7sudo apt install python3
 8
 9# Install nginx 
10sudo apt install nginx

Create main.tf with user_data : In this main.tf first we are going to create aws_instance then in the user_data section common tasks script will be executed.

 1# main.tf
 2
 3resource "aws_instance" "example" {
 4  ami = "ami-0767046d1677be5a0"
 5  instance_type = "t2.micro"
 6  
 7  # user_data attribute performing common tasks
 8  # 1. Create a new directory
 9  # 2. Install python
10  # 3. Install nginx
11  user_data     = <<-EOF
12                    #!/bin/bash
13                    
14                    # Create a new directory
15                    mkdir /opt/myapp
16                    
17                    # Install python
18                    sudo apt install python3
19                    
20                    # Install nginx 
21                    sudo apt install nginx
22                  EOF
23}  

How to use ${file("")} function with user_data?

In this section, we are going to use the file function in Terraform to read the contents of a file and pass it to the user_data attribute of an instance resource. Here is an example of how to use the file function with user_data:

 1#main.tf 
 2
 3provider "aws" {
 4  region     = "eu-central-1"
 5  shared_credentials_files = ["/Users/rahulwagh/.aws/credentials"]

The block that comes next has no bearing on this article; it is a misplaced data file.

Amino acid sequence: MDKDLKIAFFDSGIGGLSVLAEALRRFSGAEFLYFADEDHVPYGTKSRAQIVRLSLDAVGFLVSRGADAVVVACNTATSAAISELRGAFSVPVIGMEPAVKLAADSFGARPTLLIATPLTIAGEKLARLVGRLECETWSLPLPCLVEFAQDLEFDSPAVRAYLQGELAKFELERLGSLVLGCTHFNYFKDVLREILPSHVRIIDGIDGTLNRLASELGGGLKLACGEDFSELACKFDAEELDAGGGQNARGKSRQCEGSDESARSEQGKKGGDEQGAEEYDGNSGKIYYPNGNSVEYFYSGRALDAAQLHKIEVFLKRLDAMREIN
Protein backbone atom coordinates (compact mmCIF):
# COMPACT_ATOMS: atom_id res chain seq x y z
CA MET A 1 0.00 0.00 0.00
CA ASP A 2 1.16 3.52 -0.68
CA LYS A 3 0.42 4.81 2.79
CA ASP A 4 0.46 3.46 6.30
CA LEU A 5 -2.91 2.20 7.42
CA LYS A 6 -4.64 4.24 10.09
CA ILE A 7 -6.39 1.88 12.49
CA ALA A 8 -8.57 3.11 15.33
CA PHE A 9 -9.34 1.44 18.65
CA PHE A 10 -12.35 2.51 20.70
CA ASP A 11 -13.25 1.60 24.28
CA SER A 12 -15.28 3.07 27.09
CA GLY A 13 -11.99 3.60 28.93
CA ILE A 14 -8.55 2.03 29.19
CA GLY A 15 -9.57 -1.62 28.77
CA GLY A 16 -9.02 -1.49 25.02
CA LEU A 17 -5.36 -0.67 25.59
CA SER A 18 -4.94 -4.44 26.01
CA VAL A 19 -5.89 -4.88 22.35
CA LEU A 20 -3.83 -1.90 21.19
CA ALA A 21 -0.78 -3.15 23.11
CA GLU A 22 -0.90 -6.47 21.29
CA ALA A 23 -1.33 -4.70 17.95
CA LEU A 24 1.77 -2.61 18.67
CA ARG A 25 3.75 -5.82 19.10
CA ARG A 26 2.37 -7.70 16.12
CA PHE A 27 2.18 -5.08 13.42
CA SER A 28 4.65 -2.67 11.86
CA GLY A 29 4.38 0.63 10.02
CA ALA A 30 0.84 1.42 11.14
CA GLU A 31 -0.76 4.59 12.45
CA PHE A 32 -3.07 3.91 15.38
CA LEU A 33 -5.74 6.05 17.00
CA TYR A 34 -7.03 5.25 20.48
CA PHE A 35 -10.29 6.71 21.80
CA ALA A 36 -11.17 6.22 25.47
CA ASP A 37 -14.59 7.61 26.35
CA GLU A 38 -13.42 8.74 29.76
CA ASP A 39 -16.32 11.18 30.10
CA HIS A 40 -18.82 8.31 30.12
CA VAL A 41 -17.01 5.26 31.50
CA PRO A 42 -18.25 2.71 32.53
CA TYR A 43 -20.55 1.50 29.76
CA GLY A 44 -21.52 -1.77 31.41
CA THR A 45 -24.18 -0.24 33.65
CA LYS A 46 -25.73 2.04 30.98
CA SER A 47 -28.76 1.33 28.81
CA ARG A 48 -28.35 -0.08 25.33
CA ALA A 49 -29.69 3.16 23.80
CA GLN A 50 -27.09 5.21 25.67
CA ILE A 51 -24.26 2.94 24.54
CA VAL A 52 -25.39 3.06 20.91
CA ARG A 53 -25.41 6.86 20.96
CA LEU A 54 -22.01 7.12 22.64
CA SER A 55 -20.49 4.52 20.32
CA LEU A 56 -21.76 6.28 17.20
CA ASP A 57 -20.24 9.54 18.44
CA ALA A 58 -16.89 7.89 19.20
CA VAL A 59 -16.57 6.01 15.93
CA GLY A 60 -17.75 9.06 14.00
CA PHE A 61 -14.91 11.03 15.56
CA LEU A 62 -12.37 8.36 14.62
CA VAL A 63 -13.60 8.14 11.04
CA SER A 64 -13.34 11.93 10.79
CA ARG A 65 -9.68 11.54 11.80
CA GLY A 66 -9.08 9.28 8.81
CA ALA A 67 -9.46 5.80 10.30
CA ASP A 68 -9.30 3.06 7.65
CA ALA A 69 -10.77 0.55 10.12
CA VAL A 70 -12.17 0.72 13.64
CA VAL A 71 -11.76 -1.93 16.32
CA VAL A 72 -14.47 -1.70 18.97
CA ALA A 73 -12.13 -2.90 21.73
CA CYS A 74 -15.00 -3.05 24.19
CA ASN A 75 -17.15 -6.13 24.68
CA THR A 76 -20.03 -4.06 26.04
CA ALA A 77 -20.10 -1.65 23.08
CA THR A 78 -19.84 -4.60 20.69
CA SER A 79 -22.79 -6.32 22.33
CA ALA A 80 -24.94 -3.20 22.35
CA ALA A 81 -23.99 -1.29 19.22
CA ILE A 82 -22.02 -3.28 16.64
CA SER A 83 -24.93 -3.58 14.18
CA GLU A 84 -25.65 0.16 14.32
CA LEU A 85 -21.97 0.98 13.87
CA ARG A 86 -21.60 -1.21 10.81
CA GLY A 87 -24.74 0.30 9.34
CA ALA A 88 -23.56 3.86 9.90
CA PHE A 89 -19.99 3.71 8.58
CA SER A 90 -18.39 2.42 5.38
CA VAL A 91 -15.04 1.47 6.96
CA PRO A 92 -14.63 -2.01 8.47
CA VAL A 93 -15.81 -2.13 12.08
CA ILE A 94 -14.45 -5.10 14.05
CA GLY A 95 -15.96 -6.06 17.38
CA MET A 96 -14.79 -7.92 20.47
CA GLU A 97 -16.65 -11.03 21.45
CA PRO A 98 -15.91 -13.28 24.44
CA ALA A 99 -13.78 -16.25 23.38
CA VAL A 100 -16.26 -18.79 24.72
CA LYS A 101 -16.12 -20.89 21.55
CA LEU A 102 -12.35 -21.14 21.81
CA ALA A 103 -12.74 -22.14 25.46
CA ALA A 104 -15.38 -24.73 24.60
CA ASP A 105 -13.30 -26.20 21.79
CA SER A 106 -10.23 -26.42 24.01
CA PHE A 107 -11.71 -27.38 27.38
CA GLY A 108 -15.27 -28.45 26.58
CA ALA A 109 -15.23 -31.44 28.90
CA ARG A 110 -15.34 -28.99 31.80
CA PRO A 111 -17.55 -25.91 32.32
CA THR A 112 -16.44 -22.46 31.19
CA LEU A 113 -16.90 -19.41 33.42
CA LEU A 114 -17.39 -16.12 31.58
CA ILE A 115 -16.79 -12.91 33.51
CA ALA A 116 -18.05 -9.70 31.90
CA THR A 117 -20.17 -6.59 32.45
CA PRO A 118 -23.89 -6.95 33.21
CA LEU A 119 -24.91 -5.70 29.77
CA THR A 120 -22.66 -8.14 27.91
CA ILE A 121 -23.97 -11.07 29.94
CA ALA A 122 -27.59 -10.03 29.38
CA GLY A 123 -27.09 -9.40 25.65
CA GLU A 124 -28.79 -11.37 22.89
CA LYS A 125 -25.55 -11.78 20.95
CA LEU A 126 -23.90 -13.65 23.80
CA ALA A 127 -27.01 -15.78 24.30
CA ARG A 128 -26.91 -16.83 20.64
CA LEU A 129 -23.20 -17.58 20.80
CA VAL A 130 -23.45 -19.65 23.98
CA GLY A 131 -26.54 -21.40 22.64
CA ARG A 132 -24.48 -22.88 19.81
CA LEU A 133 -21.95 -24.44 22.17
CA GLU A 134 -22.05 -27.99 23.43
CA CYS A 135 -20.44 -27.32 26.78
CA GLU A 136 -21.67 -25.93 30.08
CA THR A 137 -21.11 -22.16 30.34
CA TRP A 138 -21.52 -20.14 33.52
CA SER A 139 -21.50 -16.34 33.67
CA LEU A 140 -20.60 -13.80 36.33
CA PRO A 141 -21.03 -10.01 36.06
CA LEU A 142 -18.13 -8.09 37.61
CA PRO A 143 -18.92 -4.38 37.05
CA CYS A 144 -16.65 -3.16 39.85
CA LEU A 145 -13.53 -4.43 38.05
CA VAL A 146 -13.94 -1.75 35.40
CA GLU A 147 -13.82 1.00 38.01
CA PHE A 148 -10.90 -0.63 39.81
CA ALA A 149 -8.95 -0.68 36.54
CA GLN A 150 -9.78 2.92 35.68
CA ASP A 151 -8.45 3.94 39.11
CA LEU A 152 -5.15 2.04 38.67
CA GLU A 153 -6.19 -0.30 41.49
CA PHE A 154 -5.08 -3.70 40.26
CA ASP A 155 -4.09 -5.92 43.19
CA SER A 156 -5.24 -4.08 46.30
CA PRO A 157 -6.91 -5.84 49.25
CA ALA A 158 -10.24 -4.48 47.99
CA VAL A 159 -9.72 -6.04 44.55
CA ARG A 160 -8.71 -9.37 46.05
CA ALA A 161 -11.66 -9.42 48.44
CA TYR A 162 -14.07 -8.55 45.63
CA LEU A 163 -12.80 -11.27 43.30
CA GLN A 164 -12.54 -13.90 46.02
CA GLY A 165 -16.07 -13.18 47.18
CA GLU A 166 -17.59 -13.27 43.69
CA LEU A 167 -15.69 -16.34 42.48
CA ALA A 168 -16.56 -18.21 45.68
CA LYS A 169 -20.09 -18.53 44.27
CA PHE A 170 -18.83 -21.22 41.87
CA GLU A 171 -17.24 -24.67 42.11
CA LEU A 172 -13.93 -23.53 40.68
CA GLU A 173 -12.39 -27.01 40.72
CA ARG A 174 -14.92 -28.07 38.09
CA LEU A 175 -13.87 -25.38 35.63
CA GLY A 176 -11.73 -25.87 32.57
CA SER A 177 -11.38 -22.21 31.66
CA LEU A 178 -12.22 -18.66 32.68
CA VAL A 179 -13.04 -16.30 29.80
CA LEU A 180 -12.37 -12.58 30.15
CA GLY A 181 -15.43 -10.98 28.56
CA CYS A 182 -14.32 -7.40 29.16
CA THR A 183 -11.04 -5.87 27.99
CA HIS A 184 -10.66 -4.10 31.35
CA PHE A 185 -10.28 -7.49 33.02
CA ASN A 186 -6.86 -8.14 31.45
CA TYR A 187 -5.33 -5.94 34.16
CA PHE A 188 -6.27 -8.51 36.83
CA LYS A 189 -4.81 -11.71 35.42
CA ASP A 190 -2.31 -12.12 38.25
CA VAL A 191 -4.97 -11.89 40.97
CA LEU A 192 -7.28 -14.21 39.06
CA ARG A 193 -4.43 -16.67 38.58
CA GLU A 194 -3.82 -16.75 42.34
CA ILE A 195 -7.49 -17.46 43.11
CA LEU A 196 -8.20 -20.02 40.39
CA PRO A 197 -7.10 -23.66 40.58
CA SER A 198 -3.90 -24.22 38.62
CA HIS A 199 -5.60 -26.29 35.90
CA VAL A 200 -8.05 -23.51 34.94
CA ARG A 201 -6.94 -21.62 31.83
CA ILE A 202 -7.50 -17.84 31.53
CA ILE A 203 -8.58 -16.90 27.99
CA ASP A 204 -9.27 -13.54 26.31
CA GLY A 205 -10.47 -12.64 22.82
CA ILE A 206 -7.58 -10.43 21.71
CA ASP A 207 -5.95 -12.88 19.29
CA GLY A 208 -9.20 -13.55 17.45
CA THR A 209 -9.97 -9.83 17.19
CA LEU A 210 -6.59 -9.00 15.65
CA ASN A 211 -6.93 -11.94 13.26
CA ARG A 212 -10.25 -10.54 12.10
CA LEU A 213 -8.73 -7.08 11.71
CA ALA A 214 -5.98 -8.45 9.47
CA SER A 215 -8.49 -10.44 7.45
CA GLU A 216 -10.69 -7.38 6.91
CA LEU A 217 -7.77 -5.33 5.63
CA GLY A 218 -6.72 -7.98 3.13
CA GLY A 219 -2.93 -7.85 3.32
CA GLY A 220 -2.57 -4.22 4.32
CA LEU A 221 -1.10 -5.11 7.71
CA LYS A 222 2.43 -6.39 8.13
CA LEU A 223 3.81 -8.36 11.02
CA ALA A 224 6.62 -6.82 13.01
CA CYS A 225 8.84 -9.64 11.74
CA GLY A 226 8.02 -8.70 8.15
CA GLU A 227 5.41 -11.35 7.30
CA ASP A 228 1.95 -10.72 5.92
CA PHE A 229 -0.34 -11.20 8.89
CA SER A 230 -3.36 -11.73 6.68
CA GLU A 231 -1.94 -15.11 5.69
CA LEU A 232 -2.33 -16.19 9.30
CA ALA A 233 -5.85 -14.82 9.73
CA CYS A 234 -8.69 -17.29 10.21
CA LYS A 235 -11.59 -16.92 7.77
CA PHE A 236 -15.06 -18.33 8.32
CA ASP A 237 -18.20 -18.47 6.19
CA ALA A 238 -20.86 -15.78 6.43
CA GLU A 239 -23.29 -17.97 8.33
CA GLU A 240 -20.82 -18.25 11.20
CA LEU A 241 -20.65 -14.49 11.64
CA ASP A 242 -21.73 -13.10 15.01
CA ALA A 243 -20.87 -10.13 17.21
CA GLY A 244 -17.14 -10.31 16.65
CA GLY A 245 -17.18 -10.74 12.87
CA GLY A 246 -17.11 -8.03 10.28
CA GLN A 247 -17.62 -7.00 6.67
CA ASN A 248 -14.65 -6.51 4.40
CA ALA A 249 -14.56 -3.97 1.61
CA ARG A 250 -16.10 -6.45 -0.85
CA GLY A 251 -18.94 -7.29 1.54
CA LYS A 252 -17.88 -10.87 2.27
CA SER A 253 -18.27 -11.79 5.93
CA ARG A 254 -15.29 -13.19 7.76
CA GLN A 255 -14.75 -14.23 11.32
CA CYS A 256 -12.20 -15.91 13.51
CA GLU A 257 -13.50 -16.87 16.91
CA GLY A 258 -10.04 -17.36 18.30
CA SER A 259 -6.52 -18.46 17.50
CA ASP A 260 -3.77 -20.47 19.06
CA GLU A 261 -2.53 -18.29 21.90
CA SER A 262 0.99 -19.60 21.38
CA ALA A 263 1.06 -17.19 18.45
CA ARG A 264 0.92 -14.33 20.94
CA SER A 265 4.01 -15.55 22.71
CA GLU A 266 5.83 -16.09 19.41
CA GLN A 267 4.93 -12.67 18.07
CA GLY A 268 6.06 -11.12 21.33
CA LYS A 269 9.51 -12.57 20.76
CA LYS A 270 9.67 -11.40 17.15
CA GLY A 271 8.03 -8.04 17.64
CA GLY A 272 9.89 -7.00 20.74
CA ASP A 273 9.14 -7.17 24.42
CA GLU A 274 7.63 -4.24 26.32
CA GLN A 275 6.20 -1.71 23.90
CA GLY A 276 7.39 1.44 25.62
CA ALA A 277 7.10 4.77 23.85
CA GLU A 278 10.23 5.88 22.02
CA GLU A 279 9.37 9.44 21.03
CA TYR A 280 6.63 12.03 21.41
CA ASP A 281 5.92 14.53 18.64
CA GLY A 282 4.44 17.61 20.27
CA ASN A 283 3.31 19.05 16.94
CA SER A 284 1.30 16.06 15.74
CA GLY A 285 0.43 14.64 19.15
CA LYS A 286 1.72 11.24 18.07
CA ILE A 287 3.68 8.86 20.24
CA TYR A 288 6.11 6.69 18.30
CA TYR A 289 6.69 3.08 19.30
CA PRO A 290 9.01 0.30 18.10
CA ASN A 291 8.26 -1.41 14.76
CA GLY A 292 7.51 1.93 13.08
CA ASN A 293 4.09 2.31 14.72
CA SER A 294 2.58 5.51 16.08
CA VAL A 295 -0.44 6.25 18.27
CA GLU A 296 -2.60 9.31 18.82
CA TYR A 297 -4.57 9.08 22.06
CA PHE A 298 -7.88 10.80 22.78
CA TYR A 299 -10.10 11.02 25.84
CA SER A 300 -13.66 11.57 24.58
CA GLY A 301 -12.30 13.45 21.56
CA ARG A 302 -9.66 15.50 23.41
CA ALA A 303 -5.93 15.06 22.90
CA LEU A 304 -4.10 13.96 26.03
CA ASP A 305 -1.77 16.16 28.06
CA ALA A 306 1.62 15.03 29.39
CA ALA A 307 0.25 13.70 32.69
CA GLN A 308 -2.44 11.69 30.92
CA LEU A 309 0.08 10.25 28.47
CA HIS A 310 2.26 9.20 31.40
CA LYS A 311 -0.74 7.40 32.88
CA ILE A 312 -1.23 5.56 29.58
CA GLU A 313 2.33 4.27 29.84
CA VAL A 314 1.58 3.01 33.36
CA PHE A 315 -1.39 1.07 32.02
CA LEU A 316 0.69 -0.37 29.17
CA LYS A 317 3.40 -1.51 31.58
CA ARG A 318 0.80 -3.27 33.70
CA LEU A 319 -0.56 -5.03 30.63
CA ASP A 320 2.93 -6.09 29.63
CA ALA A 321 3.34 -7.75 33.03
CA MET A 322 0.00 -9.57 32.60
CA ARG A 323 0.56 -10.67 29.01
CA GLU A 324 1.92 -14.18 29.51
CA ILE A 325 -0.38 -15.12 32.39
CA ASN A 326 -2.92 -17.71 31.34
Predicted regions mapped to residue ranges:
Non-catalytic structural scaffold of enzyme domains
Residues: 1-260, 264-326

6}
 7
 8
 9resource "aws_instance" "example" {
10  ami = "ami-0767046d1677be5a0"
11  instance_type = "t2.micro"
12  vpc_security_group_ids = [aws_security_group.main.id]
13  key_name= "aws_key"
14  user_data     =  "${file("install_apache.sh")}"
15}

In the above example, the file function reads the contents of the install_nginx.sh file and passes it to the user_data attribute of the aws_instance resource.

Here is the content of install_nginx.sh:

1#! /bin/bash
2sudo apt-get update
3sudo apt-get install -y apache2
4sudo systemctl start apache2
5sudo systemctl enable apache2
6echo "<h1>Welcome : Apache installed with the help of user_data and file function</h1>" | sudo tee /var/www/html/index.html

Where to place the file? : You should be careful about the placement of the file which will be read by the user_data. Here is the screenshot of my project where I have placed the install_nginx.sh at the same location where my main.tf is present.

In case your file is present at some other location then you should use the relative path to load the file using the ${file("")} function.